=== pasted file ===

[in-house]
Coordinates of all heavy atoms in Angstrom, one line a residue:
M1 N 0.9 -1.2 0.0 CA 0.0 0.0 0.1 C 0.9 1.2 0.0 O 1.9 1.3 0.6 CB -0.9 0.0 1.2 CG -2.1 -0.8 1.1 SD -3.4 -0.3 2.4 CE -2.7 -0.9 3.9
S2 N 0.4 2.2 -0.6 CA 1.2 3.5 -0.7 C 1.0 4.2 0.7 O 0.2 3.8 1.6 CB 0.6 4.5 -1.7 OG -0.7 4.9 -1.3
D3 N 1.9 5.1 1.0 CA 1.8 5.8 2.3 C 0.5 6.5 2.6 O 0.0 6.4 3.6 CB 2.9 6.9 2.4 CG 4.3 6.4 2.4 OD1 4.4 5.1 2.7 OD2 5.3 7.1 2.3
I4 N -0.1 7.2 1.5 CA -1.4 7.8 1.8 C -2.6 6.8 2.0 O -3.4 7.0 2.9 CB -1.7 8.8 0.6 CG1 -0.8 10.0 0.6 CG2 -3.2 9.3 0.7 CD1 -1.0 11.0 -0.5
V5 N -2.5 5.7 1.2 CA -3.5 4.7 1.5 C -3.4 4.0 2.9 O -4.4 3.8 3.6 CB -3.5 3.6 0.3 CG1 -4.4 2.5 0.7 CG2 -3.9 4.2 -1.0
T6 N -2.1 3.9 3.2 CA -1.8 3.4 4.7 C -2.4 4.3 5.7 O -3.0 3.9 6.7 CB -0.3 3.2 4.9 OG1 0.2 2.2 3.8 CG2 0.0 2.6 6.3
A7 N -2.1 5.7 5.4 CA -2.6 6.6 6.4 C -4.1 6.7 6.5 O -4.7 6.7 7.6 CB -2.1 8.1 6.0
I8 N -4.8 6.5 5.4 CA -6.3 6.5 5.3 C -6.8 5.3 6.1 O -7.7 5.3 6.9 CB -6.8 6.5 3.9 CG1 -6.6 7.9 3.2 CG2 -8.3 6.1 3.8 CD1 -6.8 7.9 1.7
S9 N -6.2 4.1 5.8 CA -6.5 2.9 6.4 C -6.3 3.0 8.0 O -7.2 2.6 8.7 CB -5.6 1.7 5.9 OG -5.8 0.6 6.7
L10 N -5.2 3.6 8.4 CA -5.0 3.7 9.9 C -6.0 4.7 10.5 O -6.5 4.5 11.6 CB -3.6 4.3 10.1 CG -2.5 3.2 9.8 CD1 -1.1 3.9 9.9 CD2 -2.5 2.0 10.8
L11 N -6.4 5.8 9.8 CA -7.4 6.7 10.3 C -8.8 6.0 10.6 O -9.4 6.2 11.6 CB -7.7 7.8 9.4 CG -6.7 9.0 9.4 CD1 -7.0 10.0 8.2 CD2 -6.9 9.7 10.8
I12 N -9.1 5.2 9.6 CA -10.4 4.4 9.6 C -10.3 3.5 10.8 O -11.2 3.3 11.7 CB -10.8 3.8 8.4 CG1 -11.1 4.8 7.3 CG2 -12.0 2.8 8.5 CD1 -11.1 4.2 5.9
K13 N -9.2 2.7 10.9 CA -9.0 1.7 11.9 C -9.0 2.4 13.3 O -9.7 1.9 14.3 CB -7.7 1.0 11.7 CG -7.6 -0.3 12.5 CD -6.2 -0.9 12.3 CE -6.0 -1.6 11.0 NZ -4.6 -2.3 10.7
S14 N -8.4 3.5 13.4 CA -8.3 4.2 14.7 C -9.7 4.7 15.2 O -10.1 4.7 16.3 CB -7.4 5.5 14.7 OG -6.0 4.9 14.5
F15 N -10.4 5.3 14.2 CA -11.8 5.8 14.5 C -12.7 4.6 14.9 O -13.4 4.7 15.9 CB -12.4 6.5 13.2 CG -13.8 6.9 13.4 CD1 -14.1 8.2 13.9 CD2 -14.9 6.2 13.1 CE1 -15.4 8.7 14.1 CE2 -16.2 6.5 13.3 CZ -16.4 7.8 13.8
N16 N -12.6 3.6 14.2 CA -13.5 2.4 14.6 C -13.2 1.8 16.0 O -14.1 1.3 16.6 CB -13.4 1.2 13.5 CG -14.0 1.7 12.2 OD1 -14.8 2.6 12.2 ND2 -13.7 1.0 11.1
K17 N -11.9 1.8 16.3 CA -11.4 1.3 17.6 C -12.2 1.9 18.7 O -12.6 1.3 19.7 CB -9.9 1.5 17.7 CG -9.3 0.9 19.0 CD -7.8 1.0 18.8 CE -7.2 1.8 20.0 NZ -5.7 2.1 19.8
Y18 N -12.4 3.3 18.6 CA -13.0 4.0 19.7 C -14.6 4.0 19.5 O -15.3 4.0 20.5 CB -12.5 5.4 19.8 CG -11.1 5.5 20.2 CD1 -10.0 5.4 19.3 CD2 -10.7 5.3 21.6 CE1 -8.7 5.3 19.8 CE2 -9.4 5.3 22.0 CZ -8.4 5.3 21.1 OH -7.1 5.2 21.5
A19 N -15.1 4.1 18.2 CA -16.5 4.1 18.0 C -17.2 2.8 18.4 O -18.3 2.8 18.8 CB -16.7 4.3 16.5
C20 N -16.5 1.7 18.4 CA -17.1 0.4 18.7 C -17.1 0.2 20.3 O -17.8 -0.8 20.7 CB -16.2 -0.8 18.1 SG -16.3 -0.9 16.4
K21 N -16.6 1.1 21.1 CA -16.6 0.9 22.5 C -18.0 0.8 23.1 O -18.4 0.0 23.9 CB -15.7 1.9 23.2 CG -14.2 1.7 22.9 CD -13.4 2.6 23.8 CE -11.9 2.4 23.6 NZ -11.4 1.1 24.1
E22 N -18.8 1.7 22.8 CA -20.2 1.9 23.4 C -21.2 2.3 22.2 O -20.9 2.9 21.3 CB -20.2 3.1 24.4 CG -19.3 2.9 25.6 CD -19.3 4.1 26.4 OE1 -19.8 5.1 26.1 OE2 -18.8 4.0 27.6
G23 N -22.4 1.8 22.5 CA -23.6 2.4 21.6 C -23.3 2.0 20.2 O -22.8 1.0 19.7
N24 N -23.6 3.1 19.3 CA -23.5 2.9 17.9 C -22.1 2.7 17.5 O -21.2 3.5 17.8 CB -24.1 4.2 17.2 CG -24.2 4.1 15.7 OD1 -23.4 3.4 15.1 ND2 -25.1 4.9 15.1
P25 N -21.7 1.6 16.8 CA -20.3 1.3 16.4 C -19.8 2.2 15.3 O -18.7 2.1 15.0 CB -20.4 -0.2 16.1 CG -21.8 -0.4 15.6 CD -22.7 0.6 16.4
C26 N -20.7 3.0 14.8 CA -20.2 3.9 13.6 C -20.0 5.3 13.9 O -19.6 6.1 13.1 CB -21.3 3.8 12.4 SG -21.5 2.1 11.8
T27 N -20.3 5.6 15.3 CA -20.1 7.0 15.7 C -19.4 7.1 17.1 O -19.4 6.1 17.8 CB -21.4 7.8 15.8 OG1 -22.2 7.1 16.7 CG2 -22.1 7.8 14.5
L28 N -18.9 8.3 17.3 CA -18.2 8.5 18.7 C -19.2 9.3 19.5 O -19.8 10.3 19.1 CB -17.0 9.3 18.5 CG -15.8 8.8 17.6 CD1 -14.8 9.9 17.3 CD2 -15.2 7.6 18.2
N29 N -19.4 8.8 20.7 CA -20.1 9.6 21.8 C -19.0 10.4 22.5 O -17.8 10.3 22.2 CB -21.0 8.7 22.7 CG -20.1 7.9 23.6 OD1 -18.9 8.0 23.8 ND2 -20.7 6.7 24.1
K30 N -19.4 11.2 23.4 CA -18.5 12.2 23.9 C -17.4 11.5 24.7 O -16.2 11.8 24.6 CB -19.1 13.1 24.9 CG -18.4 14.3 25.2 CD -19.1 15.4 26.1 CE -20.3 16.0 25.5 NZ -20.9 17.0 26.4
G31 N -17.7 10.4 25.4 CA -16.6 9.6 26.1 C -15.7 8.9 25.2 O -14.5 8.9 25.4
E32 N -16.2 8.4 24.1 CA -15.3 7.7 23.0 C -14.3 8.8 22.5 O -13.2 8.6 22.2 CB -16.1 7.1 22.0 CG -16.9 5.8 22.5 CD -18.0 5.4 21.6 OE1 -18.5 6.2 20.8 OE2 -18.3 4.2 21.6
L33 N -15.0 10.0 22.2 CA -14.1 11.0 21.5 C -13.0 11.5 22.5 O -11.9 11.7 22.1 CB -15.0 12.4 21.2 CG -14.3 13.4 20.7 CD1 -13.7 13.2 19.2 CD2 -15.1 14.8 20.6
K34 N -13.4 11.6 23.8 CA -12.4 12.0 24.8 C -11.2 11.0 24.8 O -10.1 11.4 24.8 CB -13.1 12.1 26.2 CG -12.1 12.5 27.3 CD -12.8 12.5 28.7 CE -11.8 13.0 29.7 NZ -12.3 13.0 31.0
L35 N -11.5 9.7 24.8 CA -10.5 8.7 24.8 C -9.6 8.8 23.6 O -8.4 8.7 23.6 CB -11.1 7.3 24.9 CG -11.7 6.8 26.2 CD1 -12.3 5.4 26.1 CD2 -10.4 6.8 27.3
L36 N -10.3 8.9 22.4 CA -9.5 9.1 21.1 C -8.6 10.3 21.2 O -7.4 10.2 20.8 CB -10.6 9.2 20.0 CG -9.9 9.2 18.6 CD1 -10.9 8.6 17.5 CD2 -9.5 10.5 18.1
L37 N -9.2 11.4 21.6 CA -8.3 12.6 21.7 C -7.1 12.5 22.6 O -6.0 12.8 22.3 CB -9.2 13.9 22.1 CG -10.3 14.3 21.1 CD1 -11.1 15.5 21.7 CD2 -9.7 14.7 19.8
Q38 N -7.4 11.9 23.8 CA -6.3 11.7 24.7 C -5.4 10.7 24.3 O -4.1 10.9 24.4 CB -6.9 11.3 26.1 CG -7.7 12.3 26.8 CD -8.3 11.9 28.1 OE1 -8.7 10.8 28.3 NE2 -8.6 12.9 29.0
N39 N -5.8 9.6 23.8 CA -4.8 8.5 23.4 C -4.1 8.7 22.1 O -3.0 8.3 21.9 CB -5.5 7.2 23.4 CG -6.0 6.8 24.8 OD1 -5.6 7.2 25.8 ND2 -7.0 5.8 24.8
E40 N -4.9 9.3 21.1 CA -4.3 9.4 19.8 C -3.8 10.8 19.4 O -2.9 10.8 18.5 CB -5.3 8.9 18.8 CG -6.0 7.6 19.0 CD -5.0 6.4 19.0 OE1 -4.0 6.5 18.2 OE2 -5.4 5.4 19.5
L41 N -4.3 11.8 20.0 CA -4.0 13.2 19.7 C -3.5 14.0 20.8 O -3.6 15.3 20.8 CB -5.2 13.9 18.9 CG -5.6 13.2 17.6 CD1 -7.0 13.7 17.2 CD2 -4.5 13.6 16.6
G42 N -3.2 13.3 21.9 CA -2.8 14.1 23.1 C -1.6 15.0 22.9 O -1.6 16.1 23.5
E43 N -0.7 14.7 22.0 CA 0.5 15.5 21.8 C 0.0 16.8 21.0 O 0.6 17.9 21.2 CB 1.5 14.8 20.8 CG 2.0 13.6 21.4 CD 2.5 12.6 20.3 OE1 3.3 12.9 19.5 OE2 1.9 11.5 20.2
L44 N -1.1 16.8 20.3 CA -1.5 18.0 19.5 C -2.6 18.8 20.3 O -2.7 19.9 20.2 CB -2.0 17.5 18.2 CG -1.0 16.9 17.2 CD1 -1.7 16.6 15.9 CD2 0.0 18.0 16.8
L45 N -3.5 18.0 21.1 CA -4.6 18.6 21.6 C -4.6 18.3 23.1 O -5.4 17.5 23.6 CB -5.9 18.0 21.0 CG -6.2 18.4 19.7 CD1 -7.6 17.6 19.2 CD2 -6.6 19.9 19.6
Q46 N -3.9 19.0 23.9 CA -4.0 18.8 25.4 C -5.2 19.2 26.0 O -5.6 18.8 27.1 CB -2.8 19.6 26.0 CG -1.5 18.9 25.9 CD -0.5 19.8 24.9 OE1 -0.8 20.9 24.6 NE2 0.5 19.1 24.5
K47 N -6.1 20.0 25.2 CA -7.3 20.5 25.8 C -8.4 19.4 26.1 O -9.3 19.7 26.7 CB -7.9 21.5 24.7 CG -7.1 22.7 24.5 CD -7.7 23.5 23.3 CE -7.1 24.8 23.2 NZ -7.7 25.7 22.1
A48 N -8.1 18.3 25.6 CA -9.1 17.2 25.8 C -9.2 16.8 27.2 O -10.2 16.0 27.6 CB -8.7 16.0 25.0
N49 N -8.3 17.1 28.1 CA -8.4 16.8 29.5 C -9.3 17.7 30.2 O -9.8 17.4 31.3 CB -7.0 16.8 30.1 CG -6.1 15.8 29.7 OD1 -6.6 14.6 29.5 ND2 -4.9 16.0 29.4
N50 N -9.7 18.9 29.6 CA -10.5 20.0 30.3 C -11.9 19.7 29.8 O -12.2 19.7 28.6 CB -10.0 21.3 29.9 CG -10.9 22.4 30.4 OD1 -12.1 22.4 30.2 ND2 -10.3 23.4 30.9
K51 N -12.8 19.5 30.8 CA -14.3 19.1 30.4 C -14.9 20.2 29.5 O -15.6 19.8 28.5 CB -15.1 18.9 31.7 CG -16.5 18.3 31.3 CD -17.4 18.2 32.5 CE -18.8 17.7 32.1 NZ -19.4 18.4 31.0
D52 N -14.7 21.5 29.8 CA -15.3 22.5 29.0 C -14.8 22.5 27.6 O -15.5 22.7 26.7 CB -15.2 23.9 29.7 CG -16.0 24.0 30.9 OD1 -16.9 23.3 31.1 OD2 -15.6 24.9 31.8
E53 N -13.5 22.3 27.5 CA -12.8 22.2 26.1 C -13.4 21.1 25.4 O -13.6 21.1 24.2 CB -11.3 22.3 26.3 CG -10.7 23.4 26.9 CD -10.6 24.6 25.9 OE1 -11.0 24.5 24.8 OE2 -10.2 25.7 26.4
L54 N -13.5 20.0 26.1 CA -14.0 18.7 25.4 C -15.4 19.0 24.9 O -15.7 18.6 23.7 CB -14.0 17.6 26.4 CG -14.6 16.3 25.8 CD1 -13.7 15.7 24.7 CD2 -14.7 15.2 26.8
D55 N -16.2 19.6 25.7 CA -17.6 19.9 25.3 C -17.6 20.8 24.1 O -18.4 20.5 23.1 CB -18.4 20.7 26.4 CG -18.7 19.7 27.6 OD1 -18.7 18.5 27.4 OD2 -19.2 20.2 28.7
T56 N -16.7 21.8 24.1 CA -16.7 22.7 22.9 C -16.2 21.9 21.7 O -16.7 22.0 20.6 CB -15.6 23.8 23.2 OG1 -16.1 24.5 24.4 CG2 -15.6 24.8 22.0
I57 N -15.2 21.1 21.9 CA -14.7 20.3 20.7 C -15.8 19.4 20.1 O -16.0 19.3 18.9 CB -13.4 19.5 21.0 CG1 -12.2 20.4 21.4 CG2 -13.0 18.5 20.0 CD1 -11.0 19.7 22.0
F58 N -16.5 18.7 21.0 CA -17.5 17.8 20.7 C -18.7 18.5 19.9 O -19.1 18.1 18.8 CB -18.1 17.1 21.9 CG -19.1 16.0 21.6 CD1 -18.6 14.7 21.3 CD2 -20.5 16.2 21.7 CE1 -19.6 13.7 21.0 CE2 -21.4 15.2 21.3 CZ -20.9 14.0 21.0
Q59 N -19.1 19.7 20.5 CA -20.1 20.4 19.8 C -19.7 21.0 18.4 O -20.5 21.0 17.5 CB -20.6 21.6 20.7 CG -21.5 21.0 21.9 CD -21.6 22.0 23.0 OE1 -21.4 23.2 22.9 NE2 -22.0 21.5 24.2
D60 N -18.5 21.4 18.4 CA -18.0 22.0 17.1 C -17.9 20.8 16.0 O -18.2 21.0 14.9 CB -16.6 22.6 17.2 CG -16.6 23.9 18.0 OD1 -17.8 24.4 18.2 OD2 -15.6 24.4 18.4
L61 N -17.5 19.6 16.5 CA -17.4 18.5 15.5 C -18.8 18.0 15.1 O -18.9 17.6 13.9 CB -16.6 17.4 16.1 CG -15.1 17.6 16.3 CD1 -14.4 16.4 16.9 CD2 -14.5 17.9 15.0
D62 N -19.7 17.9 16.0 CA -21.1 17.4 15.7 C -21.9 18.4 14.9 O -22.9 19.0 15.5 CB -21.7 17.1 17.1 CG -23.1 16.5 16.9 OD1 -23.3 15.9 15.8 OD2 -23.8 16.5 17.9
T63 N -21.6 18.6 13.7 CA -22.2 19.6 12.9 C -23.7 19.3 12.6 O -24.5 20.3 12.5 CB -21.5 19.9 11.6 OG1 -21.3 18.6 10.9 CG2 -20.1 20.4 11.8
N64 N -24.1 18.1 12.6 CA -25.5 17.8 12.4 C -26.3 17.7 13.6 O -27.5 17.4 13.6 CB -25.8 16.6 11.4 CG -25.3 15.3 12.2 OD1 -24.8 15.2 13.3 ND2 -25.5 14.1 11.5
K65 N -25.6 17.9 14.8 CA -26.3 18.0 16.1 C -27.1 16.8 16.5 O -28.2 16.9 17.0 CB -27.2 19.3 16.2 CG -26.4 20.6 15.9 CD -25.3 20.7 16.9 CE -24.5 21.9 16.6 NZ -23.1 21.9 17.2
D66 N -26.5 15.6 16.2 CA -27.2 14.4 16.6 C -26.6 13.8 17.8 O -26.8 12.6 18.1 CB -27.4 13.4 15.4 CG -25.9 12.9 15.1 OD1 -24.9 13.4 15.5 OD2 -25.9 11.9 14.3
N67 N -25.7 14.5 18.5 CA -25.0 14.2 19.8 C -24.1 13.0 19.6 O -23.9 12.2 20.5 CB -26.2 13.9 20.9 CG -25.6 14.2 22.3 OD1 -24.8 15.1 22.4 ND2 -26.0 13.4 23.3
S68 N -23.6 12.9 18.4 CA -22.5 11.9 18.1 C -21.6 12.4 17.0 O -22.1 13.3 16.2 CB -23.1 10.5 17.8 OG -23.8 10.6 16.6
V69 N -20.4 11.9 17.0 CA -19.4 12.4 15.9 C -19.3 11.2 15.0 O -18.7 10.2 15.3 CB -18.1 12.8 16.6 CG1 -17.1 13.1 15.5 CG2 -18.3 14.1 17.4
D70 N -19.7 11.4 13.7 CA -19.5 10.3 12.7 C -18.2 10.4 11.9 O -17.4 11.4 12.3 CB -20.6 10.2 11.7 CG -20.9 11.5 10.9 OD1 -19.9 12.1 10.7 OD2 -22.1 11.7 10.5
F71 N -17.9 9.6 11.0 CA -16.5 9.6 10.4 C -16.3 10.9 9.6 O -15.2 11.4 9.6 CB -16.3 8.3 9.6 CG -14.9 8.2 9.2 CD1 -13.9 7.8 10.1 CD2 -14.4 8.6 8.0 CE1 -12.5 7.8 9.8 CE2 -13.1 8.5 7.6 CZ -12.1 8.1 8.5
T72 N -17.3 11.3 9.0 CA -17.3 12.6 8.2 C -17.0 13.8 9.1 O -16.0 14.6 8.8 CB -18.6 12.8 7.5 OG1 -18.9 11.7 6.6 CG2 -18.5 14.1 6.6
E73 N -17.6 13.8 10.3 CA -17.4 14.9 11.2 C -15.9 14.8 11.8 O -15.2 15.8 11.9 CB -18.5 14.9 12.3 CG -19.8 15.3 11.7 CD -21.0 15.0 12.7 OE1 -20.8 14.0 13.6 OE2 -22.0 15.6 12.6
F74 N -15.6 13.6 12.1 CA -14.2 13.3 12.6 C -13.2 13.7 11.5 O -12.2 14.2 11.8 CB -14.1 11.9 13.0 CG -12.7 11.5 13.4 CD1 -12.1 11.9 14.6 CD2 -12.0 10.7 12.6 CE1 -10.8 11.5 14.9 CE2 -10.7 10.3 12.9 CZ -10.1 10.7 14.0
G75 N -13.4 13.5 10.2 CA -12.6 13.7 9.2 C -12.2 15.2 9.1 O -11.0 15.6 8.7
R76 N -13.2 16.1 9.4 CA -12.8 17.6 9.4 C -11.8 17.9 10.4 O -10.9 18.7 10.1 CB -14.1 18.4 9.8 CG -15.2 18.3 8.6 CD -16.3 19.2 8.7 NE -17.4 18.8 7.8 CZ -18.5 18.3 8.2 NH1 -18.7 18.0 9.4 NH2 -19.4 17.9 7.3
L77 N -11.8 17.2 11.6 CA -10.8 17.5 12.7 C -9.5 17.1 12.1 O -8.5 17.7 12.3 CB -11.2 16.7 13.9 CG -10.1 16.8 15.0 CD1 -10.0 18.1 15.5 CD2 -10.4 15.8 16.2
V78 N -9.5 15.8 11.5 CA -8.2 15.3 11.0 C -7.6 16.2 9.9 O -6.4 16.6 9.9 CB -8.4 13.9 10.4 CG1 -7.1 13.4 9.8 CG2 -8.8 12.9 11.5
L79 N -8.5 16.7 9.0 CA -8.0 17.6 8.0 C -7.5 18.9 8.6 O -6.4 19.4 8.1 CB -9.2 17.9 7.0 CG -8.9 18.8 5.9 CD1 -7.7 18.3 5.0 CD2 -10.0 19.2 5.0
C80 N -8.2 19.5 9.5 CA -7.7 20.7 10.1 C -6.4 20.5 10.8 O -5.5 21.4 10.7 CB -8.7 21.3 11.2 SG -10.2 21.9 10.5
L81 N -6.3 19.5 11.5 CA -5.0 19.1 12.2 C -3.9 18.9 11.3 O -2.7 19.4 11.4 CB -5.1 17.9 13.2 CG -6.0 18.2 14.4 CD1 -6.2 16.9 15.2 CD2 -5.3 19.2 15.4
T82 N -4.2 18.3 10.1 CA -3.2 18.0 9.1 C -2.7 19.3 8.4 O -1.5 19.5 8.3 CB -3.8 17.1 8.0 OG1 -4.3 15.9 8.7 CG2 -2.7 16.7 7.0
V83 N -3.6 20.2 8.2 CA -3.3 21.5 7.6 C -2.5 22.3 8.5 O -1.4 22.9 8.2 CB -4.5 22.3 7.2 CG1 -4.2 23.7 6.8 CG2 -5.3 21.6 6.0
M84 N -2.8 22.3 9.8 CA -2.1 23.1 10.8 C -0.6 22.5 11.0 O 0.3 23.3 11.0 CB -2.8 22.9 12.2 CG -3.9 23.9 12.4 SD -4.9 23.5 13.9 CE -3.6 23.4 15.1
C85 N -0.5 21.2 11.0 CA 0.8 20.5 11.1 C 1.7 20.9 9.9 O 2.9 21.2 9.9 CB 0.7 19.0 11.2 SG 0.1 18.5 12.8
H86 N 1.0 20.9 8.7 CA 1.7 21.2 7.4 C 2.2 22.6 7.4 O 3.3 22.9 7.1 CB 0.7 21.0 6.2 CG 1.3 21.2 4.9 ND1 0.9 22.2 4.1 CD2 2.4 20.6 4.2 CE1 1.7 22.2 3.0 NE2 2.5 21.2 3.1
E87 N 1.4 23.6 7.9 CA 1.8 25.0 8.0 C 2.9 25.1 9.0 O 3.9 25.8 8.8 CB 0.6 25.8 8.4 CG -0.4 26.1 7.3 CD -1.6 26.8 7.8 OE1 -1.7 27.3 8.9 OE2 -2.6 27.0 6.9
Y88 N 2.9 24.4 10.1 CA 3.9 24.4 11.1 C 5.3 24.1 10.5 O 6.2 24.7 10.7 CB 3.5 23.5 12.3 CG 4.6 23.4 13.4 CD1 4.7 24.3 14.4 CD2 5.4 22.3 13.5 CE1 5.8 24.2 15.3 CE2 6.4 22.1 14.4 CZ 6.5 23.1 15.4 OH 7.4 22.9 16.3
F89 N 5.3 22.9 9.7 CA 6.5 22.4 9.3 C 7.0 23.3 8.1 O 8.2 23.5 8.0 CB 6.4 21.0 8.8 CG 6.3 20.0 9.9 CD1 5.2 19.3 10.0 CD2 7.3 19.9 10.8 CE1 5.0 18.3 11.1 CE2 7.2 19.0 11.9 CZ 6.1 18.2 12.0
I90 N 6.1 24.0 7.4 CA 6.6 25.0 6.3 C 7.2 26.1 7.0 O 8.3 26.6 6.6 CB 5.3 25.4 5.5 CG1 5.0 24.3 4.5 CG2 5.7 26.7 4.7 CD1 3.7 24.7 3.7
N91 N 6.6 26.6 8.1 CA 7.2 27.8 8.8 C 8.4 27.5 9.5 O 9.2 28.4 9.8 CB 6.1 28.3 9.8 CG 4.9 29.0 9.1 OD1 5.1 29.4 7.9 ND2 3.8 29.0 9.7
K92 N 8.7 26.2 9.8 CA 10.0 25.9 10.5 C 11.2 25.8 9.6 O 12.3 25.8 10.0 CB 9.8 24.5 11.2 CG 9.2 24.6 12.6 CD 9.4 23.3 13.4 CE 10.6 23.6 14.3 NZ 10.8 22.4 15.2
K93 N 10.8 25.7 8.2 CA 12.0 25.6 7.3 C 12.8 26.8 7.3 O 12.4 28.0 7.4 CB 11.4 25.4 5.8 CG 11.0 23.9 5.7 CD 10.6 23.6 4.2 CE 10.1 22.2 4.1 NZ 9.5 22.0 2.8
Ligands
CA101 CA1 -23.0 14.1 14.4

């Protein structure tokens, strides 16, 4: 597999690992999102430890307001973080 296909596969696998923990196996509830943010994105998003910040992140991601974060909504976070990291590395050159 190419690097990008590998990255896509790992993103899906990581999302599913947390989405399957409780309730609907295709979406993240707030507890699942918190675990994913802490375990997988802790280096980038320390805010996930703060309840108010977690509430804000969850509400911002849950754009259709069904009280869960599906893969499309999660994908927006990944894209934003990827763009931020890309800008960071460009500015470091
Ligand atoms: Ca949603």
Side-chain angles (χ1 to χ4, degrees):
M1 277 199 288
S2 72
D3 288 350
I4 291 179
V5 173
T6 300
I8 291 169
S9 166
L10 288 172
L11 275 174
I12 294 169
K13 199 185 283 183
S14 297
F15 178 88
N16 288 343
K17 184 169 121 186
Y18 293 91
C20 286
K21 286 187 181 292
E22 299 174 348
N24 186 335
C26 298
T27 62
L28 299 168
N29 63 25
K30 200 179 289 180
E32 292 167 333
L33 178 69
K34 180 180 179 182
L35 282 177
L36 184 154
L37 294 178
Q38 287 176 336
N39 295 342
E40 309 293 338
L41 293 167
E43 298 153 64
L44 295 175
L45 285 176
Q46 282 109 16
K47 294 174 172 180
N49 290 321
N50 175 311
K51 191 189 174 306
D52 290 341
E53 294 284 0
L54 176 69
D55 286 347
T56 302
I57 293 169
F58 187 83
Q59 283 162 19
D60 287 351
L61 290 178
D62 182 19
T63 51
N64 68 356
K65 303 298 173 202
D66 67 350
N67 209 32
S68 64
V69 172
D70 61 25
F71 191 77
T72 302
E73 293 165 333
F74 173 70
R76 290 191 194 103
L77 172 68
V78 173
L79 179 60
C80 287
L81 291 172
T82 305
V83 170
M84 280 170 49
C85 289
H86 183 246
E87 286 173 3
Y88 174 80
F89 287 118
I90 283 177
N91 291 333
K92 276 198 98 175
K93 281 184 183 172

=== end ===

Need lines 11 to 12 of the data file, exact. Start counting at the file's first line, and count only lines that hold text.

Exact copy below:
S9 N -6.2 4.1 5.8 CA -6.5 2.9 6.4 C -6.3 3.0 8.0 O -7.2 2.6 8.7 CB -5.6 1.7 5.9 OG -5.8 0.6 6.7
L10 N -5.2 3.6 8.4 CA -5.0 3.7 9.9 C -6.0 4.7 10.5 O -6.5 4.5 11.6 CB -3.6 4.3 10.1 CG -2.5 3.2 9.8 CD1 -1.1 3.9 9.9 CD2 -2.5 2.0 10.8